5 Tips To Boost Winter Weight Loss

Diet and lifestyle tweaks to help you lose weight this season

Cozy sweaters, comfort food and the desire to stay indoors; the cold weather months are great, but don’t necessarily leave you feeling super-motivated for weight loss. If you are trying to lose weight this season, but are having a harder time than usual or feeling more unsatisfied, it could mean you need to make a few seasonal tweaks.

Your body is wired to change with the seasons. It has different needs from season to season, and if you are not adjusting to those changes, it could affect your body’s ability to focus on fat loss.

Seasons change

In the summer months, your body works to keep you cool so you crave fresh food like fruit, salads and cucumbers—foods that have a cooling effect on the body when you eat them.

In the fall, the body starts to transition into working like a heater. And in the winter months,  your body will be working a lot harder.

In order to keep you warm, your body craves harder-to-digest and heartier foods like root vegetables, grains and fatty meats. These types of foods create internal heat when you eat them, along with spicy foods and warm foods like soups, stews and chilies.

Comfort foods are OK

Most people are afraid to add these comfort foods to their diet out of fear they will negatively affect weight loss, when, in fact, they can be exactly what you need to keep the scale moving.

Winter can be a great time to lose weight, but the key is to work with the seasons and the body. Implementing these simple tweaks can make all the difference to your success—and the number on the scale!

Here are a few tweaks you can make to keep the scale moving and help you feel more confident and motivated in the process.

Drink tea and soups to keep your water count up.

Cold water is generally not as appealing to the body in winter. Turn to warm drinks to get your water in. 

Decrease the fruit and increase the root veggies. 

In the winter, the body only needs one to two servings of fruit as opposed to three or more in the summer. That’s because in the summer the body is looking for quick energy from foods that are easy to digest.

In the winter, the body is looking for the opposite.  It needs harder-to-digest and slow-releasing energy. Instead of fruit, add in more root veggies like sweet potatoes, squash, turnip, rutabaga and carrots.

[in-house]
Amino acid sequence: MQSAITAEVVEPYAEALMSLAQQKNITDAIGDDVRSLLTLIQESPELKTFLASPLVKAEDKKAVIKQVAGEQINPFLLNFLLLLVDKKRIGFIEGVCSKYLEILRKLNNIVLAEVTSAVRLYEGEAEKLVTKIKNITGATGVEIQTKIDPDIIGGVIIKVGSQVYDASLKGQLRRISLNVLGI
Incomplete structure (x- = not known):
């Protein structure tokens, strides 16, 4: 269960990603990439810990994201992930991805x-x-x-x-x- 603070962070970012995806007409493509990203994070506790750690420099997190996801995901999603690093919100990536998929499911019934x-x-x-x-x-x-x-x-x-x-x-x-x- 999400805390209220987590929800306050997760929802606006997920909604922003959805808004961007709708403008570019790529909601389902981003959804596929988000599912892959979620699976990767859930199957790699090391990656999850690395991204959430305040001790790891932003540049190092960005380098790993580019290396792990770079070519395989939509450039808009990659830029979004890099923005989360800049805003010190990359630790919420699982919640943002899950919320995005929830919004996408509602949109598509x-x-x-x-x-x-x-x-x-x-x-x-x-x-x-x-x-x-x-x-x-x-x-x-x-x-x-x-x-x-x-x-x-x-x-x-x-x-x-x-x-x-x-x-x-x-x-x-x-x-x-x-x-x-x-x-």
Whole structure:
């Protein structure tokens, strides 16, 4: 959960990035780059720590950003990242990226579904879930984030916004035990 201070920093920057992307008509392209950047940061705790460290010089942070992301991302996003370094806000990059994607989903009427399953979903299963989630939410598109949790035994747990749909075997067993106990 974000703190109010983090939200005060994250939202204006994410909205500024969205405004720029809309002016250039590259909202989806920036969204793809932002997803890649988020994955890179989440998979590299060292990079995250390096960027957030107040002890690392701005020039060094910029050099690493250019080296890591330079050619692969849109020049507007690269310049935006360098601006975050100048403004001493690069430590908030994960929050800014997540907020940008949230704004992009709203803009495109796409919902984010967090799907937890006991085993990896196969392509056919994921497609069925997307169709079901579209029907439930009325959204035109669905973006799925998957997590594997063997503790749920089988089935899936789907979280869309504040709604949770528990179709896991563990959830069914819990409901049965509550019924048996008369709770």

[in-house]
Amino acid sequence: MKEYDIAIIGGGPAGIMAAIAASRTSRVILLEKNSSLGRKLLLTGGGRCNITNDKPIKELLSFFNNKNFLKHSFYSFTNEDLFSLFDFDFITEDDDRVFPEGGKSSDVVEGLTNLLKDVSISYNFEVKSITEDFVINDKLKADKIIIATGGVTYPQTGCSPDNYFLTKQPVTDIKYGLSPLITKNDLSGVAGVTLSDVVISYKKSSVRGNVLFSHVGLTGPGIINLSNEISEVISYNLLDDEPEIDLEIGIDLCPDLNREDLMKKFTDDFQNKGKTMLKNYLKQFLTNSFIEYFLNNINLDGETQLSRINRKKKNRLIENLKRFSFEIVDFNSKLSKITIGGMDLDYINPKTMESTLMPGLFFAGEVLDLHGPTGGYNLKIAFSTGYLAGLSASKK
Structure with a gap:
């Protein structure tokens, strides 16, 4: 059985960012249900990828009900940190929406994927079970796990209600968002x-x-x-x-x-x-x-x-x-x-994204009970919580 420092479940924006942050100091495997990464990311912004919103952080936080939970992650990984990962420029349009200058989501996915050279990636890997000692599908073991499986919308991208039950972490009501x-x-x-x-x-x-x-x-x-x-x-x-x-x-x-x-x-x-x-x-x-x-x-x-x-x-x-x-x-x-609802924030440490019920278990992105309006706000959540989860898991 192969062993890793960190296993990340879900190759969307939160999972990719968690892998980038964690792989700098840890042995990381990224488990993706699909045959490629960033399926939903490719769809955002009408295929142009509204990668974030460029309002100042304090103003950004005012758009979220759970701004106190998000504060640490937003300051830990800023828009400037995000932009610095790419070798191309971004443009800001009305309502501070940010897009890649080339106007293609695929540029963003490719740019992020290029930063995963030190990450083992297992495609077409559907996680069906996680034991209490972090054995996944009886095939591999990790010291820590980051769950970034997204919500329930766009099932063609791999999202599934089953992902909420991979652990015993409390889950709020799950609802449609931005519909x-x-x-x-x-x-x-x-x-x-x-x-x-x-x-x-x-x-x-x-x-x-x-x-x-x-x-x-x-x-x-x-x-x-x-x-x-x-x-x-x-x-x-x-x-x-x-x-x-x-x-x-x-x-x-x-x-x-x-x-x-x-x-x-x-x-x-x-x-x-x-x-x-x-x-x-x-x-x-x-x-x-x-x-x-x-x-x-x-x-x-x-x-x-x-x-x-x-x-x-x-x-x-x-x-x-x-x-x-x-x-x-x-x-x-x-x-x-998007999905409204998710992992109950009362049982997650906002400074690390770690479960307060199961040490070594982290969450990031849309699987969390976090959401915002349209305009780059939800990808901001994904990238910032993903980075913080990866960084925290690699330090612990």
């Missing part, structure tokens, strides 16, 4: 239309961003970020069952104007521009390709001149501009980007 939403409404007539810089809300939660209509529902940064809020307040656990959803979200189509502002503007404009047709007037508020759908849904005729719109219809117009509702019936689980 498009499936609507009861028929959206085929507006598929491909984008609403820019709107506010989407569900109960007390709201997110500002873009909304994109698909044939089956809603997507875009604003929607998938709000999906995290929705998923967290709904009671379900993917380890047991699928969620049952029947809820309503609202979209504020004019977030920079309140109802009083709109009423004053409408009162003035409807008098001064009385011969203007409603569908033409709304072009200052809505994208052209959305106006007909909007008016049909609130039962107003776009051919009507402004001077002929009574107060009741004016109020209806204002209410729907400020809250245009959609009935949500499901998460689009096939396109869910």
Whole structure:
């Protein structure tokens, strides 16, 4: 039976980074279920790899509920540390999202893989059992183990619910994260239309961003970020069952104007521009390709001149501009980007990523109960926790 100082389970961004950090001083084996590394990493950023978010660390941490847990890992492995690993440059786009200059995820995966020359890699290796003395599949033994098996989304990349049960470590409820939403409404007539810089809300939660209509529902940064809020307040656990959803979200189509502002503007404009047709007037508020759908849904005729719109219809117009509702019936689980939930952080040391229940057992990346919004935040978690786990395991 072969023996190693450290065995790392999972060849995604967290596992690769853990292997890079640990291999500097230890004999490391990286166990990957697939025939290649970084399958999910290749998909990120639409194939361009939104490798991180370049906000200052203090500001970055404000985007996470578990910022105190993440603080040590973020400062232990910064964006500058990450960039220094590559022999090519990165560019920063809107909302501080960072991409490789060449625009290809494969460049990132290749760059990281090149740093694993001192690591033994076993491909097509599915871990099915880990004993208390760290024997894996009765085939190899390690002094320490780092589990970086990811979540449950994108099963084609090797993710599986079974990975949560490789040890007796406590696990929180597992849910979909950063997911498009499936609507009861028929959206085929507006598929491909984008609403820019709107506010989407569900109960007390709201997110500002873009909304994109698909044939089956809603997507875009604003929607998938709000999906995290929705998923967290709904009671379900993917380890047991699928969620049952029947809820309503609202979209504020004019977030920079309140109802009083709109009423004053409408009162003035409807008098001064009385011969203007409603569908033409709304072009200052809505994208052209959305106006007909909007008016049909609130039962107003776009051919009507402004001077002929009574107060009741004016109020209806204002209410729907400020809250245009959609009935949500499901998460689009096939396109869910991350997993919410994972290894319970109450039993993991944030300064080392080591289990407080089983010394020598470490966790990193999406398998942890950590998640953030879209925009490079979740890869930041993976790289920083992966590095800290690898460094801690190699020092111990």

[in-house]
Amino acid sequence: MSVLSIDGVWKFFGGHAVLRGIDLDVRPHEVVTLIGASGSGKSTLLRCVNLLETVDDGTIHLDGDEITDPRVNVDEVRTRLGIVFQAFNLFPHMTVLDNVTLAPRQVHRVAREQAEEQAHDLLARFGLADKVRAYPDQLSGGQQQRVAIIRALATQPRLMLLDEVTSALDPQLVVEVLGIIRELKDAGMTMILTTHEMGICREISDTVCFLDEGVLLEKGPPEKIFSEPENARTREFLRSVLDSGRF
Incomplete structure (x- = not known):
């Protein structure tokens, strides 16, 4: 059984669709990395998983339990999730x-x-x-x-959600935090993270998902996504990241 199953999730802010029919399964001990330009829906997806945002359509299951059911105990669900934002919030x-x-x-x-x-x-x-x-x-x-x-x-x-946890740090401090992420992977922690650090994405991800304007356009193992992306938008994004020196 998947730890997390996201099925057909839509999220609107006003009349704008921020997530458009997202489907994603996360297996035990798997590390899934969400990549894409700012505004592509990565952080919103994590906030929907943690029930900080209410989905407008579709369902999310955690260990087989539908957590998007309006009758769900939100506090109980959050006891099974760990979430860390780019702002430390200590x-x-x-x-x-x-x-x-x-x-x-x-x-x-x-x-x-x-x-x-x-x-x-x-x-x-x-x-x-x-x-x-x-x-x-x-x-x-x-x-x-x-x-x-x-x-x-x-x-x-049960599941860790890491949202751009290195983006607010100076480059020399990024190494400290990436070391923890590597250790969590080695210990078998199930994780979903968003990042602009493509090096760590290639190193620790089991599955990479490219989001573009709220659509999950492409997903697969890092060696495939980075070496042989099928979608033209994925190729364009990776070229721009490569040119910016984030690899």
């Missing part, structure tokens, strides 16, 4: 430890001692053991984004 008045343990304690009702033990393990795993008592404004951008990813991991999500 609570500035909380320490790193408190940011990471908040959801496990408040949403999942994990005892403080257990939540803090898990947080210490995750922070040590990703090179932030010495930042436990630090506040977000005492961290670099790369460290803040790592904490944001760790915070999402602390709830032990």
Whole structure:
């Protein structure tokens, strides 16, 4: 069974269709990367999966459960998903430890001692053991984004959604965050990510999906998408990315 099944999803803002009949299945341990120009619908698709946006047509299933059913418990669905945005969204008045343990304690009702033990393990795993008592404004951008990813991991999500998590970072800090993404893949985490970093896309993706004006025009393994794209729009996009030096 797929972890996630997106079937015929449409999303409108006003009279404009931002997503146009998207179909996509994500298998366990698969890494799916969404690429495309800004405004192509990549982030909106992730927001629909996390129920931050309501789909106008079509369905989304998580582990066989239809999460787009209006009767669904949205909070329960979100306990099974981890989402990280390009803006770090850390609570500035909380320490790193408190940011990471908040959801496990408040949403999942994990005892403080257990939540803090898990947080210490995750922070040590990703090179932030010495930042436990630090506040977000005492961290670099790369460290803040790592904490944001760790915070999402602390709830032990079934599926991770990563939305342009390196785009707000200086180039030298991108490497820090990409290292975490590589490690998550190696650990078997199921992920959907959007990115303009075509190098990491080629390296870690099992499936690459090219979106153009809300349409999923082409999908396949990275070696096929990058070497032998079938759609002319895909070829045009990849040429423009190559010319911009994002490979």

Swap cold foods like salads for warm soups, stews and chilli.

Leafy greens are key in any diet, but salads are not all that appealing in the winter. Try sautéing your greens and eating them cooked instead of raw.

For breakfast, choose oatmeal or warm cereals made from chia seeds, buckwheat and hemp hearts or omelettes with sautéed veg instead of shakes or yogurts and fruit.

Increase the Omega 3 and add in Vitamin D.

In the winter, your body is working harder and the days are shorter, making Omega 3 and vitamin D a great seasonal combo to help boost your immune system. They also help reduce and prevent inflammation that can hinder the body’s ability to drop fat and support brain health by regulating serotonin levels to help combat fatigue and improve your mood.

Since the body is unable to produce Omega 3s, it needs to be acquired through diet by eating things like fish, flaxseed and walnuts or through supplementation.

With the lack of sunshine and outdoor time, a vitamin D supplement is a good idea, since it’s difficult to get enough through diet alone. Check with your doctor regarding recommended dose.

Adjust your sleep schedule.

As the days get shorter, your body’s circadian rhythm (which is maintained by exposure to light) will naturally adjust.  This can throw off your sleep routine and leave you feeling sluggish and low energy even after a good night sleep.

Combat this by going to bed a little earlier—and waking up earlier. You’ll find your energy will flow easier. This simple switch also helps to keep cravings in check because when we are tired, we tend to crave carbs and sugar as a pick-me-up.

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Gina Livy

Gina Livy

Gina has been helping people lose weight over 25 years. She understands the struggle to lose weight, because she once weighed over 220 pounds herself. After having lost the weight the first time, she repeated the process 4 more times after the birth of each of her children. Gina recognizes her gift and now focuses her […]

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